I discovered places I would not have imagined I would venture to because a) I was tired and needed rest b) I was lost. The photograph above was taken at the top of the hillside inside of a cactus garden, overlooking the ocean.
As a succulent, Cacti speak a separate language and emit a different energy from the rest of natural plant life. They are still in form, quiet in spirit, and somewhat aloof in temperament.
I can relate to them. -tM
With everything and everyone there is often more then meets the eye. Take this photograph for instance. It is full of layers, some you are able to see, others I have chosen not to show you.
The sunlight has cast a shadow of the tree, the shadow is reflected on the iron bars, which sit on a brick wall belonging to the library that houses thousands of books. And that is just its physical skin.
You see, the depth of perception is always there, it is whether or not we want to connect to it. Whether or not we want to truly see. Sometimes with people it is easier to not look below the surface, especially when it serves us better.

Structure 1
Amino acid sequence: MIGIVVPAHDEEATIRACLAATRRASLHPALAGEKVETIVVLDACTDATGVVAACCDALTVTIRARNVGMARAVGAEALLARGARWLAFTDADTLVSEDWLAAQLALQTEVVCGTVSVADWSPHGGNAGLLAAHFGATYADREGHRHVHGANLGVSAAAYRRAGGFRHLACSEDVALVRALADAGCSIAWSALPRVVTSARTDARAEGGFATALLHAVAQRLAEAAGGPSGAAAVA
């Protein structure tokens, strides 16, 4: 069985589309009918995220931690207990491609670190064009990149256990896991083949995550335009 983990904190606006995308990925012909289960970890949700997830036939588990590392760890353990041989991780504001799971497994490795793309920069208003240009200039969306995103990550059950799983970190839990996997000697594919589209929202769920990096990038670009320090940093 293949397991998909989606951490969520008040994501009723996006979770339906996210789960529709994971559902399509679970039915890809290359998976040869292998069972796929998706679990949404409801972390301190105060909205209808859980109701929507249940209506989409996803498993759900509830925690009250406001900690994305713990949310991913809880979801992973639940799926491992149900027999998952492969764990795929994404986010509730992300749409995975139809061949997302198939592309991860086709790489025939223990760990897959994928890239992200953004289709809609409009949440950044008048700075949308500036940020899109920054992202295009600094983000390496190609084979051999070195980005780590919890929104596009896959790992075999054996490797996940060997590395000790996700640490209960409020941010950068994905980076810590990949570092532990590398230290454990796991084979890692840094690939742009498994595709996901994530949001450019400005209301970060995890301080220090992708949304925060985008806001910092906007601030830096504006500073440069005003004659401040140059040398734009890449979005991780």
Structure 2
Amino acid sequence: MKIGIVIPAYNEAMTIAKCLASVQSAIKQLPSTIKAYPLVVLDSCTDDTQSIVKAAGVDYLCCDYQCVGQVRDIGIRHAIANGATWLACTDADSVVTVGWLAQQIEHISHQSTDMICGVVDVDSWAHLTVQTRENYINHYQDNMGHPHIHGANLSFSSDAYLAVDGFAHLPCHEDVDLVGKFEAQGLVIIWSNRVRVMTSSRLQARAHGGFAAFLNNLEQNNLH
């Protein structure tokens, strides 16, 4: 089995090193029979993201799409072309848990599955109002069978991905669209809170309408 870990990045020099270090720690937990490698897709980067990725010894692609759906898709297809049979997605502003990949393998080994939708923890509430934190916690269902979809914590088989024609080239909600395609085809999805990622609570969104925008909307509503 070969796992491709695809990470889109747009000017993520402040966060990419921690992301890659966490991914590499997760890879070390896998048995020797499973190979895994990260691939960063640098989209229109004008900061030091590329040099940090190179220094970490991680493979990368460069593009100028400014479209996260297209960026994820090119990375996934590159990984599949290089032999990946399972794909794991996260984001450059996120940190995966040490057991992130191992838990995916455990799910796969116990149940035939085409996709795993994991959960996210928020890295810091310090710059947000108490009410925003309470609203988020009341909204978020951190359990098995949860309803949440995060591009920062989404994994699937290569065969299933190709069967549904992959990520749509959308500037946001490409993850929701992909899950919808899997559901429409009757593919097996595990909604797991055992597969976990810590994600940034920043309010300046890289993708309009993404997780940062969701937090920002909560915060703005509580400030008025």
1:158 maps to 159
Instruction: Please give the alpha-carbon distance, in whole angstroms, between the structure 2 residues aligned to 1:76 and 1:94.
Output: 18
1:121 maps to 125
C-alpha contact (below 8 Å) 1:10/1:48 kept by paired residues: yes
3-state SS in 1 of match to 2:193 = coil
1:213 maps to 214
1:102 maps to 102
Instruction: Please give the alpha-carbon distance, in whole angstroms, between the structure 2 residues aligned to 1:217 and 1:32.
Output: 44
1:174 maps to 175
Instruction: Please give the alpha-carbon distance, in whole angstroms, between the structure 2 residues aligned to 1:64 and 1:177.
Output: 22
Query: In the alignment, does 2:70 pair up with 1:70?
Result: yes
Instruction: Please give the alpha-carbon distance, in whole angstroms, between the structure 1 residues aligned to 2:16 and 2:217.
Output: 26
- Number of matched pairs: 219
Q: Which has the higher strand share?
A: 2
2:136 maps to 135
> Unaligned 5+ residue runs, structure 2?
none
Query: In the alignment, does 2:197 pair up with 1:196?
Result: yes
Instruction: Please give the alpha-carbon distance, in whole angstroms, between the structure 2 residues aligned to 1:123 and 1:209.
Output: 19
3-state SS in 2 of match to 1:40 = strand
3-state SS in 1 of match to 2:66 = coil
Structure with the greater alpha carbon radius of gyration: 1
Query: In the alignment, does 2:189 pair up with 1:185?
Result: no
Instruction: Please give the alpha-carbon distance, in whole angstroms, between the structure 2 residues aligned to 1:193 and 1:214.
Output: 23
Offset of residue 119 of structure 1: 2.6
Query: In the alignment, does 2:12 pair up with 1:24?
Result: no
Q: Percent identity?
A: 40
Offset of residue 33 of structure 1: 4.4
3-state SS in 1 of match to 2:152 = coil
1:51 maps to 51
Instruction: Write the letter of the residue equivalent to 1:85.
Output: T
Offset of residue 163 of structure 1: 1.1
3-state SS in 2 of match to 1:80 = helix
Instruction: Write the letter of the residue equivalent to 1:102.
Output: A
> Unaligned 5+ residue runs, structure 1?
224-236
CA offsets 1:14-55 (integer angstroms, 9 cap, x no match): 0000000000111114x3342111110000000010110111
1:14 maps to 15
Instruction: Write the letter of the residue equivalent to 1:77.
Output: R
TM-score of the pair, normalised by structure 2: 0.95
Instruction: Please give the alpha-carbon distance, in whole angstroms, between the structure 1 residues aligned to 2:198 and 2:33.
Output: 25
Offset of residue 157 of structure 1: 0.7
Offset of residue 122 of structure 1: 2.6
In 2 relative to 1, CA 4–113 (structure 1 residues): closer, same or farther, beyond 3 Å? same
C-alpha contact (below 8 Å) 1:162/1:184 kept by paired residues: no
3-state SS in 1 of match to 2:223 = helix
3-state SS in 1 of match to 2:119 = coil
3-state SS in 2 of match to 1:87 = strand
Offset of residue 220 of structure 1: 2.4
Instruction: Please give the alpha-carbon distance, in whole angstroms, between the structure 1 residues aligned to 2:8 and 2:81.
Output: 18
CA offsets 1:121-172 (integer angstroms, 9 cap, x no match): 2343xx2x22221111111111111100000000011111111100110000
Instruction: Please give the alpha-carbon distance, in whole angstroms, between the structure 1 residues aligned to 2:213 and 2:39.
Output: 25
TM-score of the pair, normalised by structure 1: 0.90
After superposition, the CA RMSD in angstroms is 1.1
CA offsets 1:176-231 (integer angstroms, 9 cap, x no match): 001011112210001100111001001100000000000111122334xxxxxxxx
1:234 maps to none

The older I get, the more time I take to listen to people's stories, understanding their depth has become increasingly important to me. So many of us have gone through heartbreak of an incredible kind. These personal stories and journey's are our connectors revealing the layers to our souls.
Ultimately by peeling back the layers (especially when it comes to your own), you will find stillness. And in that stillness you will find the truth of who and what you are. -tM
The weather is turning and with it comes the people watching, patio lounging and dining alfresco. There is a feeling of hope and promise that comes with the first rise in temperature and in its opportunity to watch the traffic go by, as you sit still in the sunlight, removed from the fast pace of your day but still connected to the pulse of the city.
There is a freedom that comes with summer as one moment fades into the next. The day vanishes into night, laughter disappears into the air, even the morning light that finds its vanity in the reflection of the skyscrapers alters into the afternoon flesh-alive heat.
As we shed our clothes we also shed our inhibitions. In the summer, anything can happen. -tM